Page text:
IHG (InterContinental Hotels Group) is one of the largest hotel groups in the world, with more than 6,000 hotels in approximately one hundred countries. Unfortunately, this British company made the news two weeks ago after finally acknowledging that the failure of more than 24 hours of your internal network (which caused problems with reservations and check-ins) It was really the result of a hack.… and not the result of “system maintenance” work, as they claimed at first.
Being a company of this caliber, to which formidable security measures are presupposedit would be logical to think that the person responsible for such a cyberattack had to go to a lot of trouble looking for security holes to ensure that his intrusion had such an impact.
It would be logical, yes. And indeed, it all started as a typical phishing attack who managed to trick a company employee into downloading malware attached to an email so he could capture his two-factor authentication code.
The digital version of having your house keys under your doormat
However, once that was achieved, the next step (access to IHG’s internal ‘password vault’) was insultingly easy, after discover that the password for it was ‘Qwerty1234’, possibly one of the most frequent in the world (although at least they were careful to mix upper and lower case).
“The vault username and password were available to all employees, a total of 200,000. And the password was extremely weak,”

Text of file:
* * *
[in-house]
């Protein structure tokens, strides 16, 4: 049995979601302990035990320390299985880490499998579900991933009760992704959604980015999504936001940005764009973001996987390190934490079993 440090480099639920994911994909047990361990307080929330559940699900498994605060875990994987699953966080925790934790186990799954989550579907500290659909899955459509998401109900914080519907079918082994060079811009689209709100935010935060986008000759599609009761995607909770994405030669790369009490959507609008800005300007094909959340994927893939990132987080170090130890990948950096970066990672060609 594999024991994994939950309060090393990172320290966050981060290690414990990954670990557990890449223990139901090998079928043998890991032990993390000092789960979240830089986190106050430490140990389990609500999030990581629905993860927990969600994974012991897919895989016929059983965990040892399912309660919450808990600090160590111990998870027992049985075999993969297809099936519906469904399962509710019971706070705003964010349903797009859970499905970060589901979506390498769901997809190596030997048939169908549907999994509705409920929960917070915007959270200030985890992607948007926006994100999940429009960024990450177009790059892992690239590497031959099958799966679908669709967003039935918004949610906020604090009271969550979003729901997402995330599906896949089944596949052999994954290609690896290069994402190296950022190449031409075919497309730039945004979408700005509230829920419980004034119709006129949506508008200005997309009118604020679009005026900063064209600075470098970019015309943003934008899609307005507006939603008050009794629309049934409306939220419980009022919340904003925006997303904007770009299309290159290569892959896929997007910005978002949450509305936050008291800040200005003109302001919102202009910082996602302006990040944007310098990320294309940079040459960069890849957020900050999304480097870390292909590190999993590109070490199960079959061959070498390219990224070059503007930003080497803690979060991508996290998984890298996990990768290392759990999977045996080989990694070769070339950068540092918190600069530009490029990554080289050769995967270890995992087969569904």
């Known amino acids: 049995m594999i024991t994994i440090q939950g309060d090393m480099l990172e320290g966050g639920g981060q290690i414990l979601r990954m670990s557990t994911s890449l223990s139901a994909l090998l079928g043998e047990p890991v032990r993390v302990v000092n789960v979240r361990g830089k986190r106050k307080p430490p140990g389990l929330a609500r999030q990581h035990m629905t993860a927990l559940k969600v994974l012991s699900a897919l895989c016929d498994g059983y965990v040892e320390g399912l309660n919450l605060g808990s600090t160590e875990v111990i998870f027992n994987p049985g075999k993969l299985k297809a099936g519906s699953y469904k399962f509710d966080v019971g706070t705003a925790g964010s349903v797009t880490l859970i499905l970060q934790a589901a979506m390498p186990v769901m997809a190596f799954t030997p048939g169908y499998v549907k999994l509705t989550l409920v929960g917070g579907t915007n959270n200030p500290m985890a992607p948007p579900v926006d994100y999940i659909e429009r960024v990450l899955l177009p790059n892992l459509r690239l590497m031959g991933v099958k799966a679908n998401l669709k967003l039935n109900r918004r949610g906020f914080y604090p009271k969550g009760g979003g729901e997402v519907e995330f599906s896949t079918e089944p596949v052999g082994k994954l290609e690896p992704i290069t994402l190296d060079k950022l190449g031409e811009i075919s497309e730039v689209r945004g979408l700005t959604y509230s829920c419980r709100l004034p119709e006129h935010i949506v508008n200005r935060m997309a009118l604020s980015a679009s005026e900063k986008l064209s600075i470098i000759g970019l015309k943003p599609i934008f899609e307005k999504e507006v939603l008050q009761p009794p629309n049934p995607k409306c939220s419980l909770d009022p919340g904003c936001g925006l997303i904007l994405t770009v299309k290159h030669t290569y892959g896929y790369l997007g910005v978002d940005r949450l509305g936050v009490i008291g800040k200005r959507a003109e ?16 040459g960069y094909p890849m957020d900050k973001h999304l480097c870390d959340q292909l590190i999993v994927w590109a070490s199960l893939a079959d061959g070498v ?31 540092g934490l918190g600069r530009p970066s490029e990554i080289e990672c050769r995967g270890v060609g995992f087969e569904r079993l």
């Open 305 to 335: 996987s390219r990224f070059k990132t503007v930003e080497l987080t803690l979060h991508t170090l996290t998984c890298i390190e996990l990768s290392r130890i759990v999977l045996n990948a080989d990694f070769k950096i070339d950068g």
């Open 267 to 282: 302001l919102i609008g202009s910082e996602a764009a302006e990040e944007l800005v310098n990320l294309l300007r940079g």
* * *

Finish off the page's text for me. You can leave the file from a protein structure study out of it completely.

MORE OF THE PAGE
We have known this detail thanks to the fact that those responsible for the cyberattack, a couple of Vietnamese hackers who go by the name of TeaPeacontacted the BBC (via Telegram) and provided them with screenshots as evidence that they had actually carried out the hack.
Said captures, whose veracity has been recognized by IHG, show that the attackers had access to internal company emails in Outlook, chats in Microsoft Teams and server directories. However, they claim not having stolen private customer data:
“Our attack had originally been planned as ransomwarebut the company’s IT team managed to isolate the servers before we had a chance to implement it, so we thought we’d have some fun and did a wiper attack [es decir, de borrado total de la información a la que tenían acceso]”.
“We don’t feel remorse, really. We prefer to have a legal job here in Vietnam, but the average salary is about $300 a month. I’m sure our hack won’t hurt the company too much.”
An IHG spokesperson claimed that it is untrue that the password vault was not secure, and that the attackers had to evade “multiple layers of security […] leveraged by many modern security solutions”, but did not give any details of them. The company acknowledges that some of its services “have returned to normal […] although they may remain intermittent”.
Via | BBC
Image | By regularguy.eth on Unsplash